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In 1987, the brightest supernova in 400 yrs appeared in one of the closest galaxies to us. The initial blast wave propagated out at 10% of the speed of light. Even today, it is still propagating at thousands of kilometres per second through the medium surrounding the progenitor star. At radio and sub-millimetre wavelengths it just continues to get brighter as the shock front interacts with surrounding gas, and as the cool ejecta begins to form molecules and large amounts of dust. We are lucky enough to have Principle Investigator programs on low and high-frequency radio telescopes in Australia (Compact Array and MWA) and Chile (ALMA). In this project, there is unprecedented opportunity to study acceleration mechanism for cosmic rays in shock fronts, the formation of molecules, and to trace out the pre-supernova structure around the progenitor star. This project can also involve measurement of expansion velocities and the search for a pulsar, which has yet to be detected.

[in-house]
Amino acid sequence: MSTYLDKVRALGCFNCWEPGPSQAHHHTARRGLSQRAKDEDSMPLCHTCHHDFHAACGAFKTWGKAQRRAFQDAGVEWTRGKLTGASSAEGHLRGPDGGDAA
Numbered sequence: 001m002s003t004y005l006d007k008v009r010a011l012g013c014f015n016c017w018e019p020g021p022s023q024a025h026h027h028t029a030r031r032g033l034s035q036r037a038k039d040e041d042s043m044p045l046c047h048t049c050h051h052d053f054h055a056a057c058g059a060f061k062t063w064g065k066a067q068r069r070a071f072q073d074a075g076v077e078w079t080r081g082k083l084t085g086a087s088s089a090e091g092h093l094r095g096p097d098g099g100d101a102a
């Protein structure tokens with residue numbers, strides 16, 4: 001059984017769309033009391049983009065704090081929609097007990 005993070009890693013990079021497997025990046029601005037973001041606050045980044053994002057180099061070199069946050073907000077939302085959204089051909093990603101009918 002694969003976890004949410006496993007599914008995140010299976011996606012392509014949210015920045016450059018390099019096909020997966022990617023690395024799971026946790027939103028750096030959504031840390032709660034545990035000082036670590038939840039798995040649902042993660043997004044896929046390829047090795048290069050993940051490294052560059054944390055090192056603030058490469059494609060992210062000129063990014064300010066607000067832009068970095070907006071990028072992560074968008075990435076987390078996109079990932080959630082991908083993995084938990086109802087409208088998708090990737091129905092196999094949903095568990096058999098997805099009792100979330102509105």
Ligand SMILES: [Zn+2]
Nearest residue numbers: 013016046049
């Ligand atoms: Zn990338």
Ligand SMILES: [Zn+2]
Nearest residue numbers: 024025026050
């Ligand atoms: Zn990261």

An artist’s impression of the remnant of Supernova 1987A

An artist’s impression of the remnant of Supernova 1987A